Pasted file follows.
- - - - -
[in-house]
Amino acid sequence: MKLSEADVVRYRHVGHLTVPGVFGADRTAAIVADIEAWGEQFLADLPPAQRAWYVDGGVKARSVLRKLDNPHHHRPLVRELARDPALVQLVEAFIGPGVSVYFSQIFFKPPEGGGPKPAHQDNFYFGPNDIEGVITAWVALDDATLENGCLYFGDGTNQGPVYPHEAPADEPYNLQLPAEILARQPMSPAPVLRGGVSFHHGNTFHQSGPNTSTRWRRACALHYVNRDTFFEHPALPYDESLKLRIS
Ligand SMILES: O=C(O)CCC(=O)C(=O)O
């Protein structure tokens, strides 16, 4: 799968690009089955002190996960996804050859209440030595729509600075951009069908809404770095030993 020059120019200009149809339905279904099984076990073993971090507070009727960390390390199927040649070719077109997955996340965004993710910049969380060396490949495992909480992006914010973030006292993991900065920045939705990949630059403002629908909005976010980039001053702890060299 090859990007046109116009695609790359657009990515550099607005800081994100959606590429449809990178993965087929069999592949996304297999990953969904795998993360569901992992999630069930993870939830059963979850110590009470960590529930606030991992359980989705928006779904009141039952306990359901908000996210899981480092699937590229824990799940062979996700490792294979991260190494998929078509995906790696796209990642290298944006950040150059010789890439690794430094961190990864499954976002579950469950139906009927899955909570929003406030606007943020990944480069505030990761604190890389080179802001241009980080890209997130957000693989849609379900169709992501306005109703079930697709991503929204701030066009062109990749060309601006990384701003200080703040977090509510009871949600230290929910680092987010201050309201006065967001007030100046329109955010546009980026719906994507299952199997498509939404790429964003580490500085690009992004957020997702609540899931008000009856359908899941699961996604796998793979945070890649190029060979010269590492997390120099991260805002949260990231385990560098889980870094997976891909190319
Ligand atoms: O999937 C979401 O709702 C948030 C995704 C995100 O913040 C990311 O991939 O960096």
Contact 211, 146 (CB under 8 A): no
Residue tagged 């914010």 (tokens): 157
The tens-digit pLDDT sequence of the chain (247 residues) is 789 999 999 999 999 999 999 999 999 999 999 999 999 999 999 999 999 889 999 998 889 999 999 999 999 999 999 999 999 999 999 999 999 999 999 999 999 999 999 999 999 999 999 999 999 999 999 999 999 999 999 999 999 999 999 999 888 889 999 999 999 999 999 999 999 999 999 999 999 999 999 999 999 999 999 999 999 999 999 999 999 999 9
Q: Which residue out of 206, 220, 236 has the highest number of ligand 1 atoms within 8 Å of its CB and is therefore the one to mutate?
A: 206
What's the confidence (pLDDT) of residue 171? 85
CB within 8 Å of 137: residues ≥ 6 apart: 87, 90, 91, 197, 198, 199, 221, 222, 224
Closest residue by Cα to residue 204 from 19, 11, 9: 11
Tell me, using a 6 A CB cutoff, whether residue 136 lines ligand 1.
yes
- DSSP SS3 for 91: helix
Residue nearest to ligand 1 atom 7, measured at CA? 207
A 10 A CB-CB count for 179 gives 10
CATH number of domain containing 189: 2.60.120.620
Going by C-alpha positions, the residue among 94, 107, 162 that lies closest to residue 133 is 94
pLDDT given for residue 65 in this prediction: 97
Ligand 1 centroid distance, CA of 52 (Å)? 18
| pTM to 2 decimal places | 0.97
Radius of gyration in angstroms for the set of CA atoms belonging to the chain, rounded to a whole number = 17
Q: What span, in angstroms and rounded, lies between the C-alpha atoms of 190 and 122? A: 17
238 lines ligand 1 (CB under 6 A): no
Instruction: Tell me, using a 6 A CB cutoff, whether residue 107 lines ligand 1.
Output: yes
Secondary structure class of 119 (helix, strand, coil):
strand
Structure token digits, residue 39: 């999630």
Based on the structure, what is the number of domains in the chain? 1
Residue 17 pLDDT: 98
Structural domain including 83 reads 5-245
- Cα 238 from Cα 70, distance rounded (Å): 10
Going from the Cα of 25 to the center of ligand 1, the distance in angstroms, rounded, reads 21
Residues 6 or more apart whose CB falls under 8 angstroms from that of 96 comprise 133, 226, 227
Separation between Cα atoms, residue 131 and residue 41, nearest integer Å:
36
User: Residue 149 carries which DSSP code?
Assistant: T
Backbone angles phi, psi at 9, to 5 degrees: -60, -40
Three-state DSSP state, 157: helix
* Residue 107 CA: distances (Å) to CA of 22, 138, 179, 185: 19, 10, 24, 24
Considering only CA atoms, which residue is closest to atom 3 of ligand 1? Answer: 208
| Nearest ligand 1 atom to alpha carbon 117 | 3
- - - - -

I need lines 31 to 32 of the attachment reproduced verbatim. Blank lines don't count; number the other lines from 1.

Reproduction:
Structure token digits, residue 39: 């999630």
Based on the structure, what is the number of domains in the chain? 1